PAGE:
From raucous romps of gothic camp to emotionally stark whodunits of haunted intensity, there is no shortage of Halloween fare for this season's theatergoer. Woodford County Theatrical Arts Association is not alone in scaring up audiences this month, but it is the only Central Kentucky theater offering a classical treatment of terror, with its latest production of Shakespeare's Macbeth.
The Bard doesn't readily come to mind as the go-to name for spookiness, but then again, among all of Shakespeare's work, Macbeth is unique. While plenty of his plays involve elements of the supernatural or the occult, none is as steeped in dark lore as "the Scottish play." Among theater circles, it is superstitiously regarded as a "cursed" work that has engendered its own litany of protective rituals, including the taboo of saying the play's proper name.
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In Woodford County's mounting, director Joe Ferrell dwells heavily on the material's dark side. With an eye for the aesthetically epic combined with a craftsman's attention to fleshing out details that lend the story a human scale, Ferrell deserves praise for offering yet again another visually stunning and emotionally potent Shakespeare production. But while the show is, as a whole, a technically gorgeous and thematically evocative ode to the dark forces that can rule our inner and outer lives, it falls just shy of greatness. Why? A few distractions periodically break the spell of imagination, never halting the momentum of the show in critical moments but disturbing concentration enough to occasionally rattle the suspension of disbelief.
To put it another way, sometimes the more sinister elements of the show are a little overdone and undernuanced, and the effect renders the show a little too ... Halloweeny.
The roles of the three witches are granted considerable heft in this production, which generally works, like in Ferrell's decision to cast the first witch as the unnamed third bandit participating in the murder of Macbeth's friend-turned-foe Banquo. This is a nice touch that emphasizes the witches' willingness to meddle with fate, or perhaps to intervene entirely on its behalf.
Other times, it feels like we lose something in the translation between Ferrell's vision and its execution. For instance, the incorporation of birdlike qualities in the witches, who caw loudly or cry piercingly, underscores their connection to the natural and the supernatural worlds, but the effect fell flat on the small Sunday matinee crowd, some of whom seemed a little startled by the sounds.
By the end, the witches come off as a kind of hodgepodge of Halloween costumes, playing too close to stereotypes of generic evil rather than claiming a unique identity. Of course, this could be a simple costuming dilemma. It would have been more engrossing to see designer Jenna McGuire flesh out a more creative, less literal costume design that engaged the material with more sophistication.
Other design elements of the show are breathtaking. Todd Pickett's set and lighting work in magnificent, epic, tantalizing concert with the other technical elements of the show. This is the kind of show that calls for all the bells and whistles of thunder and lightning and red, murderous washes of dramatic color, and Picket delivers.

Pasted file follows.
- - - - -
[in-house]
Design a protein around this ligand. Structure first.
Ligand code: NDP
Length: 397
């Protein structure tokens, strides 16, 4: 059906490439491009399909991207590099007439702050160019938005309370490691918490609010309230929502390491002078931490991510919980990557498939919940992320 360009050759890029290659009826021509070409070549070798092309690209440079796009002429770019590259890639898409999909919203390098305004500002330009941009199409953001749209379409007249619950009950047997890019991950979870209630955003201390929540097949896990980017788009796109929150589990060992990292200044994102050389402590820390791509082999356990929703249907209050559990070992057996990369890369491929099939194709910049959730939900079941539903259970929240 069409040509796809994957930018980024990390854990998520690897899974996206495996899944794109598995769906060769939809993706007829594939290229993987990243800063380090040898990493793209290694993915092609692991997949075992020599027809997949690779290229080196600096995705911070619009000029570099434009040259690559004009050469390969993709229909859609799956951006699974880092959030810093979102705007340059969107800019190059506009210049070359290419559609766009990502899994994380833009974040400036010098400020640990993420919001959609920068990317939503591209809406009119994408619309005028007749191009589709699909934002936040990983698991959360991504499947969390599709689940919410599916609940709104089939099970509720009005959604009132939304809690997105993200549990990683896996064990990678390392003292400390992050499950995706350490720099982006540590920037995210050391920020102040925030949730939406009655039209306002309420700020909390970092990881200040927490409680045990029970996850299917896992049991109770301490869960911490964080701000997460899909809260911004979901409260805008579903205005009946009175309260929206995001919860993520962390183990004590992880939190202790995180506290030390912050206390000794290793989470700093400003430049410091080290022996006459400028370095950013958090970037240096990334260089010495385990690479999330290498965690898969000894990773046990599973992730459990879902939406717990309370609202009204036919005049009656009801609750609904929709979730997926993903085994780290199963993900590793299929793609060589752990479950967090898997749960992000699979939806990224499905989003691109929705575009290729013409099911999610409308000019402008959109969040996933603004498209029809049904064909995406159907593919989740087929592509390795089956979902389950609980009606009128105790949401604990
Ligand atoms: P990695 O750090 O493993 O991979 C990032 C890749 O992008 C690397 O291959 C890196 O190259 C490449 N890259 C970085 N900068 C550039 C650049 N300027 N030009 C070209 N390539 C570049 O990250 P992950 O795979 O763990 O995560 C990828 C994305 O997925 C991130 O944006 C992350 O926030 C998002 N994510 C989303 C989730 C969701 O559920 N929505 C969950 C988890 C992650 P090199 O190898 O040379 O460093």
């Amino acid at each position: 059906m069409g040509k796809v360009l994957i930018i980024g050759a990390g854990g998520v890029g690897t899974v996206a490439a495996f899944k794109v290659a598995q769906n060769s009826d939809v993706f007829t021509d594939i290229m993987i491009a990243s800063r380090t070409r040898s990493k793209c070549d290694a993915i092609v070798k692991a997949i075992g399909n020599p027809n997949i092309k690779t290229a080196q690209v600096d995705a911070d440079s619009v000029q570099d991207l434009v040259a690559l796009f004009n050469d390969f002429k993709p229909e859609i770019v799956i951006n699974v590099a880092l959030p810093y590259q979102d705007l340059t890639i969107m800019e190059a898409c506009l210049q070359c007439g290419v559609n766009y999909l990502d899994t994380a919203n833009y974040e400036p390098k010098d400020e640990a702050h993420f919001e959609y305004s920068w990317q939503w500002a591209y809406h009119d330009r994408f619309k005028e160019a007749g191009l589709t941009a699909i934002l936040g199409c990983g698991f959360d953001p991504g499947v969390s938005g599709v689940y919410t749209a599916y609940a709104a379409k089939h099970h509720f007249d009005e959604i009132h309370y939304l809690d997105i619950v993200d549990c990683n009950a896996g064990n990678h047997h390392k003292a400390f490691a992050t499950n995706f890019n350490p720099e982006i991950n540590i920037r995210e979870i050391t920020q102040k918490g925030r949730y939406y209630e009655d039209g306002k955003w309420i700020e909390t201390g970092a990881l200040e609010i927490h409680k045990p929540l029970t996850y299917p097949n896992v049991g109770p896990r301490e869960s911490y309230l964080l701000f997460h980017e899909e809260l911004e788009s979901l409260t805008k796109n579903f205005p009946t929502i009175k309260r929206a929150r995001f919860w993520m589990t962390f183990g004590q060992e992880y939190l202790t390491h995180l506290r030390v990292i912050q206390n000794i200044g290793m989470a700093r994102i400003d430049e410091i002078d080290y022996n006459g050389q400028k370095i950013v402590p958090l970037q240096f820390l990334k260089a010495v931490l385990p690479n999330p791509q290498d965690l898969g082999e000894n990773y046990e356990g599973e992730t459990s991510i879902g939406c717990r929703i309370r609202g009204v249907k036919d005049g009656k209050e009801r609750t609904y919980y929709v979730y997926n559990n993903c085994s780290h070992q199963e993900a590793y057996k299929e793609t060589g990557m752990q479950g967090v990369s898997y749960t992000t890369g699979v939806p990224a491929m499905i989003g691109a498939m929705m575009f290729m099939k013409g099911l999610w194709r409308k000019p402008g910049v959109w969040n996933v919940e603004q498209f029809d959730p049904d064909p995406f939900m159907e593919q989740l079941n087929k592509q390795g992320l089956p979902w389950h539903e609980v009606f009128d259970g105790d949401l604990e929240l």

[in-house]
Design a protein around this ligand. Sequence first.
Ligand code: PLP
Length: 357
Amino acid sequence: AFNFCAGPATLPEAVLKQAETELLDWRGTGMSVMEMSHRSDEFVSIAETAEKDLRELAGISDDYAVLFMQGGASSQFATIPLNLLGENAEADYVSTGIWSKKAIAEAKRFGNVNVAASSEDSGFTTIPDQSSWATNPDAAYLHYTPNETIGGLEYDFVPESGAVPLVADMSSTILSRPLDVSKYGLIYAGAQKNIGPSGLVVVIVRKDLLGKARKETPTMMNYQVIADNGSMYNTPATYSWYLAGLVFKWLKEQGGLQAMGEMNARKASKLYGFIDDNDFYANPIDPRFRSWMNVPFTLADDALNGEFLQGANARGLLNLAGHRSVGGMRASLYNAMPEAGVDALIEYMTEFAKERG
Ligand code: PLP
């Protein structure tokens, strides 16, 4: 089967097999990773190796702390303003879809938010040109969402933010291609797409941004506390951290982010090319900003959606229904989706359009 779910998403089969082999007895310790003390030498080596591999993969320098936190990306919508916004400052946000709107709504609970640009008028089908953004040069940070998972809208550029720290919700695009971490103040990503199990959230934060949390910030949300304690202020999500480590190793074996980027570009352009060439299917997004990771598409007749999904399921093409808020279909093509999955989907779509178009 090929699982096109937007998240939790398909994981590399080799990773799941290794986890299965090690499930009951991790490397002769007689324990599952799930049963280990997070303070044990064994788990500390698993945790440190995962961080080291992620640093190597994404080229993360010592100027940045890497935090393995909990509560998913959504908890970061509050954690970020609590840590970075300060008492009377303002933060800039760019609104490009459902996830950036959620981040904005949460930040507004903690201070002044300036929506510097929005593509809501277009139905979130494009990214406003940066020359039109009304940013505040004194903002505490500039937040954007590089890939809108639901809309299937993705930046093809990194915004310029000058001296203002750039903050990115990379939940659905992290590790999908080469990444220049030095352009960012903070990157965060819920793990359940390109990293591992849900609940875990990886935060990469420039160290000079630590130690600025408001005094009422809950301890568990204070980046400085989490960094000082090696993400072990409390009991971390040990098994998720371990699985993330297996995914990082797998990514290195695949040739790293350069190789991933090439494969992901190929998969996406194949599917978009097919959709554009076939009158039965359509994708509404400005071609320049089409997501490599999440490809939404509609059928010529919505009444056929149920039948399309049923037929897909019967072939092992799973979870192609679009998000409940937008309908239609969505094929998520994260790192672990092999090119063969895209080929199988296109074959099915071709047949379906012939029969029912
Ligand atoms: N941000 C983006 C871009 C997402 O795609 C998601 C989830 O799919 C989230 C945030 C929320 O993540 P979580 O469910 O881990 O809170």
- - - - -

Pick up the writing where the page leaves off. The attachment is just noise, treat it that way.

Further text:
Another triumph of this production is Henry Layton's fight choreography. The cast performs agile, difficult feats of dangerous acrobatics so deftly that one can't help but marvel at the strength and precision required to execute them.
Adam Luckey is one of these marvelous swordfighters, shining in the lead role of Macbeth. As a professional actor, he is decidedly in his prime, handling the role with seasoned aplomb; one is able to trace his character development through a series of pivotal changes, from insignificant noble to king, from loyal warrior to murdering traitor. Eventually, his own guilt-ridden madness spurs him to a tragic fate, a violent demise that is as disturbing as it is fascinating to watch.
Samantha Doane-Bates is a formidable, if mismatched, choice as Lady Macbeth. Her final monologue, in which she feverishly descends into madness, is a moving testament of someone haunted by her own personal demons. But her post-intermission performance would be more enjoyable if we had more time on the front end of the show to develop an affinity for her. Instead she just seems mean, followed by extra mean, and we need to see that there was another side to her.
Lady Macbeth should be just as charming as she is power-crazed, particularly when she is persuading her husband to murder the king, a key emotional exchange that launches the fated trajectory of the play while shoring up emotional investment in the leads. The decision to take the sexual seduction route in those key moments, with the husband and wife sizzling up the stage in a frenzied lust for power, is a fair interpretation of the material, but it is levied with too heavy a hand, making Macbeth look dopey for thinking with the wrong organ while curtailing Lady Macbeth's few vital moments to seduce the audience as well. To borrow a phrase from chess terminology, they brought out their queen a little too early and didn't let us delve into her emotional nuance until too late in the second act.
The principle leads are supported by a talented cast whose sharp timing and nuanced characterization are traits of even the smallest role, such as Terry Withers in the role of the porter, who always manages to garner plenty of laughs, even in a tragedy. The supporting cast turned in innovative, inspired performances, like James Hamblin and Dmetrius Conley-Williams as Banquo and MacDuff, respectively.
While this production of Macbeth approaches greatness many, many times, there are just enough minor, distractive elements that keep it from being the production it wants to be.